The other day, before we left Jaipur, we struck up a conversation with one of the lovely young attendants at the hotel. She told us about her hometown, quick to assure us it was not a village but a “proper district” several kilometers away. She’d moved to Jaipur for work, lived with a few other girls in a flat in the city.
I must’ve missed how it came up – maybe we were talking about her notable kindness to us while we were at the hotel. I remember she talked about how for her as a Hindu, this life was meant to be used well because what really mattered was where you ended up after death, that preparing for that while you’re here is the goal. With that segue and before we parted ways (she was about to leave and begin her one day off per week), she told us about a parable in Hindu lore that I wish you could hear her retell directly. Her quiet accent did it much more justice than I will now.
The parable references heaven and hell, that no matter which side you ended up on you were removed of the joints in your arms, making them unbendable. In hell, this meant that as everyone struggled to bring food to their mouths they ultimately starved, as it was impossible to feed oneself. Those who were in heaven, however – similarly missing the function in their arms – managed to get enough to eat for they extended their handfuls of food to each other and returned the kindness in turn.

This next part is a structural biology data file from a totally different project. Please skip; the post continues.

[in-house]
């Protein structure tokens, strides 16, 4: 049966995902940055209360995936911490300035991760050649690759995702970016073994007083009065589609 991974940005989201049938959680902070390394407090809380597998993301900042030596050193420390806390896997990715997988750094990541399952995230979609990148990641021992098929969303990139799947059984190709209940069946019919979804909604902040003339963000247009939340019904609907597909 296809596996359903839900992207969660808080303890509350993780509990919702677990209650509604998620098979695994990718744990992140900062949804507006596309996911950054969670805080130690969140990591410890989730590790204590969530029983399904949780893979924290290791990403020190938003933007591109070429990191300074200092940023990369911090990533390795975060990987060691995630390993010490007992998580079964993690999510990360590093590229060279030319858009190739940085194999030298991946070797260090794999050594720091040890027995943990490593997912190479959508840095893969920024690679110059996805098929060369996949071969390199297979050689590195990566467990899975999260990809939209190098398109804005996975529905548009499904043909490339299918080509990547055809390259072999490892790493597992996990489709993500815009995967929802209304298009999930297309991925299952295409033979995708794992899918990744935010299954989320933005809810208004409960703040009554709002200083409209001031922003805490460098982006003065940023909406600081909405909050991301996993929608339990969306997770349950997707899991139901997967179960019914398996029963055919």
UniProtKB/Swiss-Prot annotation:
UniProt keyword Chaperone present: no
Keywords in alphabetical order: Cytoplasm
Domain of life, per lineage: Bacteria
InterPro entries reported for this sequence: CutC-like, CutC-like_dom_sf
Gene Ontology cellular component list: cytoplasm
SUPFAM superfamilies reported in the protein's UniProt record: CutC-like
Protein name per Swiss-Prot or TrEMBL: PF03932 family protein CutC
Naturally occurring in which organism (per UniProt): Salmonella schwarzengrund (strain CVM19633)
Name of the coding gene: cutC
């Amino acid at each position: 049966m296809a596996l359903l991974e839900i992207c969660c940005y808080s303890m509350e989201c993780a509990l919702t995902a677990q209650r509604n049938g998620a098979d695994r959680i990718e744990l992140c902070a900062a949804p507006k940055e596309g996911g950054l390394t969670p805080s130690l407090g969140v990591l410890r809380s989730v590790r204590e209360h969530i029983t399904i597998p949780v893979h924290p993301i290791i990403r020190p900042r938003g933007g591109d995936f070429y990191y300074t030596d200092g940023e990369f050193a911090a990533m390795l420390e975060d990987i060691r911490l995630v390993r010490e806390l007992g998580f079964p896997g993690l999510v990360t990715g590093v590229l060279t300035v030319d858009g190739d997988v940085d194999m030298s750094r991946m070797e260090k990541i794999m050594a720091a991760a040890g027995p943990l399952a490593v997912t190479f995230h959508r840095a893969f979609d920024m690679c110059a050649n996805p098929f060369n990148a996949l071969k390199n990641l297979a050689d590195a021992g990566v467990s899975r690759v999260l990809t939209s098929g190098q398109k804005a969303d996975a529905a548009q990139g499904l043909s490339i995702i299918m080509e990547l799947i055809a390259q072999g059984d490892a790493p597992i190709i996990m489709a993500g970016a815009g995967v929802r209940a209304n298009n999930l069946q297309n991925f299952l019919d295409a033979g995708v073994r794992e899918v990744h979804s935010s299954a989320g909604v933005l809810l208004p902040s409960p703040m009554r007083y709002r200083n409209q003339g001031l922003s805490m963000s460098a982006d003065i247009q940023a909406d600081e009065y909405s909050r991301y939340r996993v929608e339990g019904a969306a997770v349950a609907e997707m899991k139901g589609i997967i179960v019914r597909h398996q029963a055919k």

One week into this adventure and I’m finding that its these impromptu, poignant moments defining my impressions and memories, perhaps even more so than any one sweeping, big experience.
Read a much more thorough (and eloquent) recounting of the parable here.